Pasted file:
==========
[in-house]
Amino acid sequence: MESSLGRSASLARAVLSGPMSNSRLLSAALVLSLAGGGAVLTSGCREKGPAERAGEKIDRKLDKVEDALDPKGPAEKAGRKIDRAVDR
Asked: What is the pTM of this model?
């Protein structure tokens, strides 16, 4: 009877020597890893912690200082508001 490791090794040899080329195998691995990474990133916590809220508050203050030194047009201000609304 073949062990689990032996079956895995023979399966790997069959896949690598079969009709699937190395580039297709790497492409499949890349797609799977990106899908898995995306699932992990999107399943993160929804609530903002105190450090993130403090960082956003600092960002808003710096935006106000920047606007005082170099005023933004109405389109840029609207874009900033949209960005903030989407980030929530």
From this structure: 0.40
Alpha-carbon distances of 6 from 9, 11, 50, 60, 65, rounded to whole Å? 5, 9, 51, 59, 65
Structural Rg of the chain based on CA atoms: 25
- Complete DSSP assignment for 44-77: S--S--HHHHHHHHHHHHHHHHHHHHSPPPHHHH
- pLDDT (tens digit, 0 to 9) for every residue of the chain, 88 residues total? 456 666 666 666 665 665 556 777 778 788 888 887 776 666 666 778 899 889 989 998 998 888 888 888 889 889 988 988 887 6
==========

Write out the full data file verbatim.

[in-house]
Amino acid sequence: MESSLGRSASLARAVLSGPMSNSRLLSAALVLSLAGGGAVLTSGCREKGPAERAGEKIDRKLDKVEDALDPKGPAEKAGRKIDRAVDR
Asked: What is the pTM of this model?
């Protein structure tokens, strides 16, 4: 009877020597890893912690200082508001 490791090794040899080329195998691995990474990133916590809220508050203050030194047009201000609304 073949062990689990032996079956895995023979399966790997069959896949690598079969009709699937190395580039297709790497492409499949890349797609799977990106899908898995995306699932992990999107399943993160929804609530903002105190450090993130403090960082956003600092960002808003710096935006106000920047606007005082170099005023933004109405389109840029609207874009900033949209960005903030989407980030929530």
From this structure: 0.40
Alpha-carbon distances of 6 from 9, 11, 50, 60, 65, rounded to whole Å? 5, 9, 51, 59, 65
Structural Rg of the chain based on CA atoms: 25
- Complete DSSP assignment for 44-77: S--S--HHHHHHHHHHHHHHHHHHHHSPPPHHHH
- pLDDT (tens digit, 0 to 9) for every residue of the chain, 88 residues total? 456 666 666 666 665 665 556 777 778 788 888 887 776 666 666 778 899 889 989 998 998 888 888 888 889 889 988 988 887 6